Voyager rewatch 3.12 – “Macrocosm”

Is there EVER a bad time to watch Kate Mulgrew stab a virus in the face?

There are different types of conflict in the western storytelling tradition. Man versus man. Man versus self. And so forth. “Macrocosm” introduces a new variation: woman versus giant flying virus.

OKAY, LOOK. There’s not a lot to say about “Macrocosm”. Not because it’s a bad episode — on the contrary, it’s extremely enjoyable!

It’s just. You know. Insubstantial. An entire act is dedicated to Kate Mulgrew wearing a tank top and wielding a phaser rifle. Again, extremely enjoyable. But what is there to say?

(Save that it really bugs me that the Voyager turtlenecks zip up the back? Why do they even have a zip? Things like T-shirts and turtlenecks — you know, basics — seem really overdesigned in this series, as if the costume designers are so intent on being ~~~futuristic that they continually reinvent the wheel. I’m not saying we need to dress the entire cast from a Uniqlo sale catalogue — lookin’ at you, Star Trek: Picard — but we don’t need seams and zips when stretch cotton blends exist.)


“Macrocosm” might be insubstantial, but it’s not wholly self-contained — in fact, it develops existing plot threads and introduces new ones:

  • Season 3 has seen Janeway wielding a phaser rifle to protect her officers twice already. Here, she goes full Ripley, but still manages to forge a diplomatic connection with a hostile alien who already dislikes her. It feels like the writers are finding that ideal balance between the various facets of her personality.
  • The Doctor goes on his first away mission, and is also new enough to life outside sickbay that he needs directions to navigate the Jeffries tubes. I complain so much about Voyager being too episodic, and relying too heavily on the reset button, that I feel like I should highlight the exceptions.
  • Tom and B’Elanna have a wee spat in the mess hall, which I think marks the official beginning of their slap-slap-kiss relationship. I’m not really into that dynamic, but they have a lot of chemistry, and the bickering builds on what has gone before.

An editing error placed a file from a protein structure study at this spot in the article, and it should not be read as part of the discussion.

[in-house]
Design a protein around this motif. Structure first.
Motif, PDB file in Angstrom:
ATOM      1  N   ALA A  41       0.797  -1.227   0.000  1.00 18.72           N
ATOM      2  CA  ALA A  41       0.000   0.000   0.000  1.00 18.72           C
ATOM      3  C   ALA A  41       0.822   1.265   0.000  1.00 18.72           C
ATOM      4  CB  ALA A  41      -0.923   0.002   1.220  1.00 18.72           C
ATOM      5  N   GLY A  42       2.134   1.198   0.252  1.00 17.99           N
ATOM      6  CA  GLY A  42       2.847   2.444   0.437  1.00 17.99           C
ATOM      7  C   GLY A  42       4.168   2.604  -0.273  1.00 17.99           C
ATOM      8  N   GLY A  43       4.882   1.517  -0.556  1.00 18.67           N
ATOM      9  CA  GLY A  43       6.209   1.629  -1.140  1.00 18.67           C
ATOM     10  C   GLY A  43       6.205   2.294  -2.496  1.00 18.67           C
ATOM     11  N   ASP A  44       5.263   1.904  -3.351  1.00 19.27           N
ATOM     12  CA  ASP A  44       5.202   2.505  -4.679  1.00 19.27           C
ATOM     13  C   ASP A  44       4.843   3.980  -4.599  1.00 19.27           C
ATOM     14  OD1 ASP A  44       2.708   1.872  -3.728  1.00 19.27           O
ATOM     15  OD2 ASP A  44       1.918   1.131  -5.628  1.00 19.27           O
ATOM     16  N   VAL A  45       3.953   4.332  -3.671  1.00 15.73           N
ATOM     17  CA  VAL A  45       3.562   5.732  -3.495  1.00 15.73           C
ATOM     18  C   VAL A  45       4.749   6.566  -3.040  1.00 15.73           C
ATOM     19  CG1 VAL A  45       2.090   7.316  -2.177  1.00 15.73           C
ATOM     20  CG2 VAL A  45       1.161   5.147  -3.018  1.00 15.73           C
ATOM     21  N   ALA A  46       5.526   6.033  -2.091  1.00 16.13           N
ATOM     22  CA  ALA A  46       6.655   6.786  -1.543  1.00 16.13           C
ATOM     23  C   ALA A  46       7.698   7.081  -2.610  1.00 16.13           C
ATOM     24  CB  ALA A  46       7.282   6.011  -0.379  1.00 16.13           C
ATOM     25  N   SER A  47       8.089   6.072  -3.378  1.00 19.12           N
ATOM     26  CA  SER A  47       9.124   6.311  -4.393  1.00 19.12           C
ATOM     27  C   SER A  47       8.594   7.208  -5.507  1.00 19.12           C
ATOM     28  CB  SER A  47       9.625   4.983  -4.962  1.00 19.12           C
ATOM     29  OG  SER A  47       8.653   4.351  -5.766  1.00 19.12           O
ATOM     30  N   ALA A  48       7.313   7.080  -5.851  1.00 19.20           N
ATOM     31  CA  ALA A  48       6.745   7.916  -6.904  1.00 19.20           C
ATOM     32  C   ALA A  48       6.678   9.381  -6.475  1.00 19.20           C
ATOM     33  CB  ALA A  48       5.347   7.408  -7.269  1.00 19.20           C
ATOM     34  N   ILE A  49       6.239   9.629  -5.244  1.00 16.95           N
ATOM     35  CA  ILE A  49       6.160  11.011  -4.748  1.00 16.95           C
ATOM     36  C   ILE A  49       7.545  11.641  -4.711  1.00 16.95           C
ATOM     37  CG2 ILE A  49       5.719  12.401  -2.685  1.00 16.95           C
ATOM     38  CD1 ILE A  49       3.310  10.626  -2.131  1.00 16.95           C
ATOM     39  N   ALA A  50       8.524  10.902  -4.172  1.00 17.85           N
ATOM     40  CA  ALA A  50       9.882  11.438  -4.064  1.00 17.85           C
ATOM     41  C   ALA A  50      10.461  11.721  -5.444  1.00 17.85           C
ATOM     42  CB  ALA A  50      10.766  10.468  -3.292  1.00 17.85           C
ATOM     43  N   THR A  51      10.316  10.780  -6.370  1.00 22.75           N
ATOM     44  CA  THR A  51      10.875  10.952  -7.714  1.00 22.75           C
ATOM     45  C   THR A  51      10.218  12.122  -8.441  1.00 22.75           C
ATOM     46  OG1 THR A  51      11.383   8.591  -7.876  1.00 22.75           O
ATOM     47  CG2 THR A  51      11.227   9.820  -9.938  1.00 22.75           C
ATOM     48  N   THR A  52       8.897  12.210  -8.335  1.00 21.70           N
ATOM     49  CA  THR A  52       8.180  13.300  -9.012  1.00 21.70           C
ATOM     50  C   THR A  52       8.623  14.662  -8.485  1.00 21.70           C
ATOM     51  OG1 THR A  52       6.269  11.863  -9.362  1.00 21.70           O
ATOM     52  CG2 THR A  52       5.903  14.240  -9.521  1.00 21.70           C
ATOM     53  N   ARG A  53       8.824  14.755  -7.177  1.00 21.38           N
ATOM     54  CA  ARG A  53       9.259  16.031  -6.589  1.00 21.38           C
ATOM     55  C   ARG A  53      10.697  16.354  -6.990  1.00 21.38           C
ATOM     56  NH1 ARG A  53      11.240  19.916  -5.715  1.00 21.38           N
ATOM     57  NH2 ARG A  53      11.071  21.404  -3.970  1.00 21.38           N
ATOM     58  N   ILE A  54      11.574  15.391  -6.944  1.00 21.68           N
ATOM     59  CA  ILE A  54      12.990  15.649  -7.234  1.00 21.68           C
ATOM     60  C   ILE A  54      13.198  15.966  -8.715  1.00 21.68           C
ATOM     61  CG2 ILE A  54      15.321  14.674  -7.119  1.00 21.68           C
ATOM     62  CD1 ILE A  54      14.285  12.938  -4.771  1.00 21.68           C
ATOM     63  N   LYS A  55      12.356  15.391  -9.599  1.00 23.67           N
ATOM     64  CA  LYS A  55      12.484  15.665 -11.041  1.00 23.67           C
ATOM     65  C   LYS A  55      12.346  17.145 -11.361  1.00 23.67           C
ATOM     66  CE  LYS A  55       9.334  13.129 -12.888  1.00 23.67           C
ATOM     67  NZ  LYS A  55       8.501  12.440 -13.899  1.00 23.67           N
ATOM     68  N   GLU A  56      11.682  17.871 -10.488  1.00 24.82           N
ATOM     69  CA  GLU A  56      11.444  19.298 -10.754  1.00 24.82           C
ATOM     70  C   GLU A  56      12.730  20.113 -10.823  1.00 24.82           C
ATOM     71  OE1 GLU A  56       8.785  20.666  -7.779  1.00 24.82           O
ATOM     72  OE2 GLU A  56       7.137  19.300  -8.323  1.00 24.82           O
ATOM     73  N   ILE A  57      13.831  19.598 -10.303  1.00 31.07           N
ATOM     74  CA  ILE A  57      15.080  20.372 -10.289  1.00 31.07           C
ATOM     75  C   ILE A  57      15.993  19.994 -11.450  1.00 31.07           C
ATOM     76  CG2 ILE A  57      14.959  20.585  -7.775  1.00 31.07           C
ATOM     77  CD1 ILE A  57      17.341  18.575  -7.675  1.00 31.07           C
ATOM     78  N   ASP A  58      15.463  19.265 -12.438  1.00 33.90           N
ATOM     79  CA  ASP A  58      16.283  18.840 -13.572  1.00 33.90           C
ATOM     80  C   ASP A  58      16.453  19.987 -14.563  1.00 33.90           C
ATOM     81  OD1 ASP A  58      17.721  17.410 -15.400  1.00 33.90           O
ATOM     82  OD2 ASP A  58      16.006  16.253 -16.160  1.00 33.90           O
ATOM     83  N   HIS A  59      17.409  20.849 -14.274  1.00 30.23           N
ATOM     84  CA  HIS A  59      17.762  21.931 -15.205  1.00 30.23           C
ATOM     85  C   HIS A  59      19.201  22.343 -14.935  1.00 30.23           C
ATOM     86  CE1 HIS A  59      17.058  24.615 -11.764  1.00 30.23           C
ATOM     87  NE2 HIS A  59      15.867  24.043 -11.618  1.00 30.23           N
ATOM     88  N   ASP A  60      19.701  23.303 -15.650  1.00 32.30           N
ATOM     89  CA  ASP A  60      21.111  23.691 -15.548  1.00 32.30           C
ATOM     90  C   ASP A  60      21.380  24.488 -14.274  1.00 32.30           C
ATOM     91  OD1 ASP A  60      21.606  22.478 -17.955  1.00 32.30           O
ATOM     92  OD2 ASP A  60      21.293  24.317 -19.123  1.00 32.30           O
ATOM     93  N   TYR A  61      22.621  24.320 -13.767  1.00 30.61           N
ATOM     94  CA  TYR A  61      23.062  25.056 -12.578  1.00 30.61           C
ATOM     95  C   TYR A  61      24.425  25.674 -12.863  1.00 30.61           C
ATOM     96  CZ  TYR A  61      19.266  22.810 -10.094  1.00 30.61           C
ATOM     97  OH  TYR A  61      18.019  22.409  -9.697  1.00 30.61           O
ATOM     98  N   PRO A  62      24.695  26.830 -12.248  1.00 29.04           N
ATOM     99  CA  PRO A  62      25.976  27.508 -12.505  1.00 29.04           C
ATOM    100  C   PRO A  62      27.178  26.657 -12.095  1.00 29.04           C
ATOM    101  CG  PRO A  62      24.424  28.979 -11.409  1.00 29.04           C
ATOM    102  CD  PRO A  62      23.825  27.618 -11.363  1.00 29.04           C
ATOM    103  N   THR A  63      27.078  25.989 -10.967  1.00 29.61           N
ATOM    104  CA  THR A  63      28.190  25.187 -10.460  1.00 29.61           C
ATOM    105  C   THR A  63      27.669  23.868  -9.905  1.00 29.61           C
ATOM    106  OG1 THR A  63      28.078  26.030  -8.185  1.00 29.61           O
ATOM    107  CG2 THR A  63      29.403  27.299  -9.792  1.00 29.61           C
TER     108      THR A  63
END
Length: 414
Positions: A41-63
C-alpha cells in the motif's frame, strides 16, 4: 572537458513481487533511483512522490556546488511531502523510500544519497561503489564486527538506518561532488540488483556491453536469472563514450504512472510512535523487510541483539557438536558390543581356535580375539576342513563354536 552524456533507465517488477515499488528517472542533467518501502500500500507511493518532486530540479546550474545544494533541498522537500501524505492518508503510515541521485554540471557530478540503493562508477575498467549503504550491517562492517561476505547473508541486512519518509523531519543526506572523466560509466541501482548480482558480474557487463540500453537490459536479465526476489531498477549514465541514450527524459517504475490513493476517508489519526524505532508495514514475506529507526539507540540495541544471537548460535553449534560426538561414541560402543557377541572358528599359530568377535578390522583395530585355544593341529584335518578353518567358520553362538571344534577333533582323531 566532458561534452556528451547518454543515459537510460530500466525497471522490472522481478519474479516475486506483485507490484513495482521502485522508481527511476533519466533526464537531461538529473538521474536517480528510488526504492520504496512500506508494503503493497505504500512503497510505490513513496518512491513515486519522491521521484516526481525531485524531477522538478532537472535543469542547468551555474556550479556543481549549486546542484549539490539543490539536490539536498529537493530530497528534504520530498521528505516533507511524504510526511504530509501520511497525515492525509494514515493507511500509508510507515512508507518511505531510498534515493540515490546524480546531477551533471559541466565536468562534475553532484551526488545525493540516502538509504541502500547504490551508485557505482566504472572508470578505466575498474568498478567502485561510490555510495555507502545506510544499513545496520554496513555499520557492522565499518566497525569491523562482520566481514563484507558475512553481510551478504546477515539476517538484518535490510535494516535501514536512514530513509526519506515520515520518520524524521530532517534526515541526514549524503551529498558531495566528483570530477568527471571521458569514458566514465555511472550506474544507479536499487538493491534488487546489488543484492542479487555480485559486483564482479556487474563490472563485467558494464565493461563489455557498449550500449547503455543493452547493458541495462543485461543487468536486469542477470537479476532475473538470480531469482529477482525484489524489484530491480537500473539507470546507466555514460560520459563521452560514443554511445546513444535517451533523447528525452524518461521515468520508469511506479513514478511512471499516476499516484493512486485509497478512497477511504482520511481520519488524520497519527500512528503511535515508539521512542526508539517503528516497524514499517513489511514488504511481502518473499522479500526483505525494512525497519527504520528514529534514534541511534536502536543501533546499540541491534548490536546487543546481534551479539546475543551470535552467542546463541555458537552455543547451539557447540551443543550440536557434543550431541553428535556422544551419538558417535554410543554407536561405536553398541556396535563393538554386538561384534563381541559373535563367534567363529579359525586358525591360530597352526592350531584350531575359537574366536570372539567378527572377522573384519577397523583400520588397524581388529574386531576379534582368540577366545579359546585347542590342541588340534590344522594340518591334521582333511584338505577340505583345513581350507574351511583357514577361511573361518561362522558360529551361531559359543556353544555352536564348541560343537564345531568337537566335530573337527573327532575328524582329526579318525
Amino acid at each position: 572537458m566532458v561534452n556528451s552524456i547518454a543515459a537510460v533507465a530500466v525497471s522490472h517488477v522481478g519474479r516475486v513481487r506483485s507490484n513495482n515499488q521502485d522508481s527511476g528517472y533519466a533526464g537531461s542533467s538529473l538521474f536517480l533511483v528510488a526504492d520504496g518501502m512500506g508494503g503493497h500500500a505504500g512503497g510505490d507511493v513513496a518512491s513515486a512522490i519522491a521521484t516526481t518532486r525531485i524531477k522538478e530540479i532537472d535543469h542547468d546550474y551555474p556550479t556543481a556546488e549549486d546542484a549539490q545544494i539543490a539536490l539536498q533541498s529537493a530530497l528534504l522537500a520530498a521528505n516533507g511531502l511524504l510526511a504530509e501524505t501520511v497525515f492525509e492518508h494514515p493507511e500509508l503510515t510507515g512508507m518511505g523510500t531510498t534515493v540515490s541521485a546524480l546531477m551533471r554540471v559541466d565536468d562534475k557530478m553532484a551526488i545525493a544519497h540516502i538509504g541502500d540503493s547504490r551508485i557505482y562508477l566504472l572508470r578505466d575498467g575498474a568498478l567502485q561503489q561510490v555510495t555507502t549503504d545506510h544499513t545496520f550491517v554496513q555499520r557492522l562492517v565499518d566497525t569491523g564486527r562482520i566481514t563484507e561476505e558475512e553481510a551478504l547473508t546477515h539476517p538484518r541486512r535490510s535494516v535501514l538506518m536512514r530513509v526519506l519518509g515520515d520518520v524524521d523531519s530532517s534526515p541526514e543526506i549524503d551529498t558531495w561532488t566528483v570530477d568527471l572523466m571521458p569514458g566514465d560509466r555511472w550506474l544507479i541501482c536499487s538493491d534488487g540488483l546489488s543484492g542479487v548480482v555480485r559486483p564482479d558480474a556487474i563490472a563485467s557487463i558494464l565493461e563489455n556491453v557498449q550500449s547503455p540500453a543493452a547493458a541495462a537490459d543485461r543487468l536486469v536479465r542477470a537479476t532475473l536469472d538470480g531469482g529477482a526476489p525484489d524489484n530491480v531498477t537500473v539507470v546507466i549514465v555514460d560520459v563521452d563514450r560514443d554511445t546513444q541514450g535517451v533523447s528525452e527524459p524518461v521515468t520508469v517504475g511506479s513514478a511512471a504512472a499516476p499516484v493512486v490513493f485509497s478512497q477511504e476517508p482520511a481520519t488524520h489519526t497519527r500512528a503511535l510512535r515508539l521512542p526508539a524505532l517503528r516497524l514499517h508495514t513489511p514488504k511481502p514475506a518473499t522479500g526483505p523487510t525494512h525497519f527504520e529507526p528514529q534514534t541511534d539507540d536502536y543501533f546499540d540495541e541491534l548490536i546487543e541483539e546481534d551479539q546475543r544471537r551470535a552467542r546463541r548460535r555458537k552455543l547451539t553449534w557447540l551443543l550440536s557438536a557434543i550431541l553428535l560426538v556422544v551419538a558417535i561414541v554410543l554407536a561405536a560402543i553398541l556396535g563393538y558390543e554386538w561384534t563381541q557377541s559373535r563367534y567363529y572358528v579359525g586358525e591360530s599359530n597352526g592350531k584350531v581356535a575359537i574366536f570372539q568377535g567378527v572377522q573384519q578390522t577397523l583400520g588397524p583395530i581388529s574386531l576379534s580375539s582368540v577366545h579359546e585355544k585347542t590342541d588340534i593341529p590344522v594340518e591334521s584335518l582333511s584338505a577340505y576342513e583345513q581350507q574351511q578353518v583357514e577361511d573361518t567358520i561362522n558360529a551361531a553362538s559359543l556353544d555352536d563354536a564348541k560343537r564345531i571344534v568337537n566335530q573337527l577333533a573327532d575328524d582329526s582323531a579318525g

• The concept of Neelix — whose value as a local guide is about to come to an overdue end — as ship’s ambassador is floated. This one’s interesting! One of the ideas for Deanna Troi, early in the planning for TNG, was that she would have an ongoing diplomatic role — but instead, that was sort of subsumed into Picard’s position as philosopher-king, and we only occasionally saw Deanna supporting him in diplomatic encounters. So a small part of me is like, “Oh, so theĀ lady captain needs a bloke for the diplomacy, is that it?” But at the same time, Neelix is personable, and can handle the nitty gritty of trade negotiations and so forth.

Other observations

  • It’s nice to know that American Sign Language still exists in the 24th century, but now I’m overthinking how the universal translater would handle a sign language.
  • Maybe not well, seeing how it goes with the Tak Tak.
  • All that running around, fighting and sweating, and Janeway’s hair is barely disturbed. How much hairspray do we think went into that wig? A can a day? More? Did she leave a trail of bobby pins in her wake?
  • We don’t get a close look at the painting Janeway is working on in the final scene, but it looks … bland. Smooth jazz to credits was an interesting choice.

In conclusion

Is this one of the great intellectual episodes of Star Trek? No. Is it a lot of fun? Hell yes. Sometimes you want a complicated moral dilemma — other times you want a dodgy CGI virus and a really big gun. Four virii out of five.

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